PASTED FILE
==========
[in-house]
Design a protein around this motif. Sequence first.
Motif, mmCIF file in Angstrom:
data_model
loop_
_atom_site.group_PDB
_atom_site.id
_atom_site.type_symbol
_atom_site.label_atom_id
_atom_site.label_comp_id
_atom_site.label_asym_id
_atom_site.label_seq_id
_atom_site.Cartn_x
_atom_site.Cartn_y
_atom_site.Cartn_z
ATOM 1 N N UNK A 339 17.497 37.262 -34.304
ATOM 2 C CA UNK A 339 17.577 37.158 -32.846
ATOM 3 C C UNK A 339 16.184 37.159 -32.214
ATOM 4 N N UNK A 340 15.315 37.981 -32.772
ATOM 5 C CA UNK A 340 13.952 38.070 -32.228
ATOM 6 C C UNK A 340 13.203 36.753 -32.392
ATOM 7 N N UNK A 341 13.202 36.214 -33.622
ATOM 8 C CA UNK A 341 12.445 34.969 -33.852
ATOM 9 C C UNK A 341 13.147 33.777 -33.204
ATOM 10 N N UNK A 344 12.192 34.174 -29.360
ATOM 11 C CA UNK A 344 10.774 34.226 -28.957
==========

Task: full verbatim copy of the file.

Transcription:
[in-house]
Design a protein around this motif. Sequence first.
Motif, mmCIF file in Angstrom:
data_model
loop_
_atom_site.group_PDB
_atom_site.id
_atom_site.type_symbol
_atom_site.label_atom_id
_atom_site.label_comp_id
_atom_site.label_asym_id
_atom_site.label_seq_id
_atom_site.Cartn_x
_atom_site.Cartn_y
_atom_site.Cartn_z
ATOM 1 N N UNK A 339 17.497 37.262 -34.304
ATOM 2 C CA UNK A 339 17.577 37.158 -32.846
ATOM 3 C C UNK A 339 16.184 37.159 -32.214
ATOM 4 N N UNK A 340 15.315 37.981 -32.772
ATOM 5 C CA UNK A 340 13.952 38.070 -32.228
ATOM 6 C C UNK A 340 13.203 36.753 -32.392
ATOM 7 N N UNK A 341 13.202 36.214 -33.622
ATOM 8 C CA UNK A 341 12.445 34.969 -33.852
ATOM 9 C C UNK A 341 13.147 33.777 -33.204
ATOM 10 N N UNK A 344 12.192 34.174 -29.360
ATOM 11 C CA UNK A 344 10.774 34.226 -28.957